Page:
Adenovirus infection.

Recombinant adenoviruses encoding wild-type murine Chk1 or kinase-inactive Chk1 were generously provided by Cyrus Vaziri (28). Adenovirus encoding green fluorescent protein (GFP) was obtained from the UNC Adenovirus Vector Core Facility. Cells were infected with a multiplicity of infection (MOI) of 50 for 15 h, and adenovirus-encoded protein expression was measured by Western immunoblot analysis (Chk1) or fluorescence microscopy (GFP).

RESULTS

Fibroblasts lacking ATM, Nbs1, or Mre11 display the RDS phenotype.

It has been reported previously that immortalization with hTERT provides a cell with enhanced replicative potential while maintaining the genotypic and phenotypic characteristics of the cell of origin (32, 48, 51, 63). Preliminary analyses of metaphase spreads indicated that the NHF1 and ATM−/− fibroblasts have an apparently normal complement of 46 chromosomes. The Nbs1−/− fibroblasts have 45 chromosomes, including a derivative chromosome, presumably originated by a translocation. Mre11−/− fibroblasts have 46 chromosomes, but a derivative chromosome was detected in some of the metaphase spreads. Cytogenetic analysis to complete the description of the karyotype of these cell lines is now in progress.

The phenotypes of normal and mutant diploid fibroblasts used in this study were verified by Western immunoblot analysis and DNA synthesis assays following treatment with IR (Fig. (Fig.1).1). Cells from AT, NBS, and AT-LD patients lacked expression of ATM, Nbs1, and Mre11 proteins, respectively. However, all of these cell lines expressed ATR (Fig. (Fig.1A).1A). Diploid fibroblasts containing mutations in ATM, Nbs1, or Mre11 are defective in the IR-induced S checkpoint (11, 23, 53). We confirmed the RDS phenotype of these mutant cell lines by measuring the degree of inhibition of [3H]thymidine incorporation into DNA after exposing the cultures to gamma rays (2.5, 5, and 7.5 Gy). Whereas the NHFs inhibited DNA synthesis in a dose-dependent manner, this response was severely compromised and not dose dependent in fibroblasts lacking ATM, Nbs1, or Mre11 (Fig. (Fig.1B1B).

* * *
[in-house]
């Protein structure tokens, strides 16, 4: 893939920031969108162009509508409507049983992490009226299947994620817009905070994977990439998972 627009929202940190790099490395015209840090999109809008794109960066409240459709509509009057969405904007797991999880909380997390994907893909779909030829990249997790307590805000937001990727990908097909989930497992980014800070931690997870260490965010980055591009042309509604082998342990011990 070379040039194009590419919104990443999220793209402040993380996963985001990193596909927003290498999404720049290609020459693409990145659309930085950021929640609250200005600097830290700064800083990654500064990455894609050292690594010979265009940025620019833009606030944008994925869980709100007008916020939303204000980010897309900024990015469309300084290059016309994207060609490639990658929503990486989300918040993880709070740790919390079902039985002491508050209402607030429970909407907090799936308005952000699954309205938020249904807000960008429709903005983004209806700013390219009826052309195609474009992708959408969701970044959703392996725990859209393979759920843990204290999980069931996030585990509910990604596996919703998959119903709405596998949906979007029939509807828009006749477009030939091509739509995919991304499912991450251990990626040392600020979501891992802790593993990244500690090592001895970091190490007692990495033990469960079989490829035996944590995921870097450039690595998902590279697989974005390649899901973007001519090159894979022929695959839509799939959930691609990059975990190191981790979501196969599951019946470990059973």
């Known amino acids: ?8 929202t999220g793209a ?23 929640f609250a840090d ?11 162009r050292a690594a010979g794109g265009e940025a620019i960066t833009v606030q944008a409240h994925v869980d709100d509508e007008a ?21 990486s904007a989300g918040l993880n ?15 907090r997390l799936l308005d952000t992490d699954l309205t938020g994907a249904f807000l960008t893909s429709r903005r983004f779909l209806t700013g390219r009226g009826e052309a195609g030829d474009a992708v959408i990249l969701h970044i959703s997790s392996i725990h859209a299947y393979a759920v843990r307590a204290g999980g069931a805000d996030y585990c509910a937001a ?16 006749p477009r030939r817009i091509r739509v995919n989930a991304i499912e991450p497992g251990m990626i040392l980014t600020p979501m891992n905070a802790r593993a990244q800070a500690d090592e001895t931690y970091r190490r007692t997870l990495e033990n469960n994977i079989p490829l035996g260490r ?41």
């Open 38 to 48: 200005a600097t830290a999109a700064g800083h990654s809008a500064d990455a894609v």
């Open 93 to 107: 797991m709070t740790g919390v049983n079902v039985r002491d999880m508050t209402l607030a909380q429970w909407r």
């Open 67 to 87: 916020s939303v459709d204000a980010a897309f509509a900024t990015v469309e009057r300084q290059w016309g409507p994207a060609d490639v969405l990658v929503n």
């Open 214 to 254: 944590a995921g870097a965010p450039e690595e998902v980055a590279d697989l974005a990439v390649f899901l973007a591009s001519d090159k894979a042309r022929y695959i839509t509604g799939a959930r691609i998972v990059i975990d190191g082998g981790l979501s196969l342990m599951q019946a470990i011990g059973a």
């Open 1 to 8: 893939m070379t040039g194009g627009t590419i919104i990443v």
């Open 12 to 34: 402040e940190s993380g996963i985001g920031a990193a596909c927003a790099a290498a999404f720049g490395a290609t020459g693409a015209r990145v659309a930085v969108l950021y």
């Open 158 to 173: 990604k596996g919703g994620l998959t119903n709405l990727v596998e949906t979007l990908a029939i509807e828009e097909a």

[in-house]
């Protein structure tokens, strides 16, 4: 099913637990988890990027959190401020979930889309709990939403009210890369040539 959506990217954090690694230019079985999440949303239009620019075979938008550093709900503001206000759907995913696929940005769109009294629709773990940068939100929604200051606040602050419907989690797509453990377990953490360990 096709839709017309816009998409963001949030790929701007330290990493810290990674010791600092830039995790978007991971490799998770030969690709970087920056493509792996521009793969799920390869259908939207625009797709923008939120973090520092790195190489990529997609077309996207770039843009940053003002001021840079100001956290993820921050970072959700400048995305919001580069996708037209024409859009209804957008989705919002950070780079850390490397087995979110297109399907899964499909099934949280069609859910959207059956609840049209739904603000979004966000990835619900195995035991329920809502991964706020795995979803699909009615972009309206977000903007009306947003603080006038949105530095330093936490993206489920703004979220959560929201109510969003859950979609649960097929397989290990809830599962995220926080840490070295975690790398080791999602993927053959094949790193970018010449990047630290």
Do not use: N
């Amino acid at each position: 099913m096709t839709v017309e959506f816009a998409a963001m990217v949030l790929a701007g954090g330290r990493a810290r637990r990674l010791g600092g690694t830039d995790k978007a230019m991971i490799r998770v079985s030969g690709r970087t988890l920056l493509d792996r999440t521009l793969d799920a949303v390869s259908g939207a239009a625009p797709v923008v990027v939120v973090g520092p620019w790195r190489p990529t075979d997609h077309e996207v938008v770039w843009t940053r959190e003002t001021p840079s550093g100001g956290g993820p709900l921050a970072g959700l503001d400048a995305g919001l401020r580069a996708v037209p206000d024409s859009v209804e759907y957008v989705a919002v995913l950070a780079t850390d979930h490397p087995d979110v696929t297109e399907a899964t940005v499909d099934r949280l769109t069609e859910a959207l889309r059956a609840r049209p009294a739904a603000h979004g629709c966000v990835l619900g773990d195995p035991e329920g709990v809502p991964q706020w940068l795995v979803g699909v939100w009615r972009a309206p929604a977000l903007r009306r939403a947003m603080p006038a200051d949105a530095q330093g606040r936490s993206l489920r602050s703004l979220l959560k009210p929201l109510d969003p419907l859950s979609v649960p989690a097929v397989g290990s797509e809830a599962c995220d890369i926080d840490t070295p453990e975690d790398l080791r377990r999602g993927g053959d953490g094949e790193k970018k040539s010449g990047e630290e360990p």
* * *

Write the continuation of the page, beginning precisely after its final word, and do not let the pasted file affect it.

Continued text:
FIG. 1.
Telomerase-expressing fibroblasts from patients with familial cancer syndromes display the RDS phenotype. (A) Protein extracts were prepared from NHF1, ATM−/−, Nbs1−/−, and Mre11−/− fibroblasts, and 100 ...

Exposure to DNA damaging agents reduces the rate of DNA synthesis through passive inhibition of DNA chain elongation and active inhibition of replicon initiation (34, 35, 53). Velocity sedimentation analysis of pulse-labeled DNA reveals the steady-state distribution of nascent DNA intermediates in S-phase cells. Figure Figure1C1C demonstrates the effect of low-dose IR on normal and mutant human fibroblasts. Normal cells treated with 1.5 Gy displayed a selective reduction in labeling of nascent DNA banding in gradient fractions 14 to 24 (Mr, 3 × 106 to 9 × 107), reflecting an inhibition of replicon initiation. DNA in fractions 5 to 13 of the sedimentation profiles (Mr, 1 × 108 to 4 × 108) represents products of DNA chain elongation and replicon merging from replication sites that initiated prior to irradiation. Low-dose IR had little effect on DNA chain elongation in active replicons. The selective inhibition of DNA synthesis in low-molecular-weight replication intermediates was not apparent in cells with ATM, Nbs1, or Mre11 mutations (Fig. (Fig.1C).1C). Therefore, inhibition of replicon initiation is an ATM-, Nbs1-, and Mre11-dependent response to IR-induced DNA damage.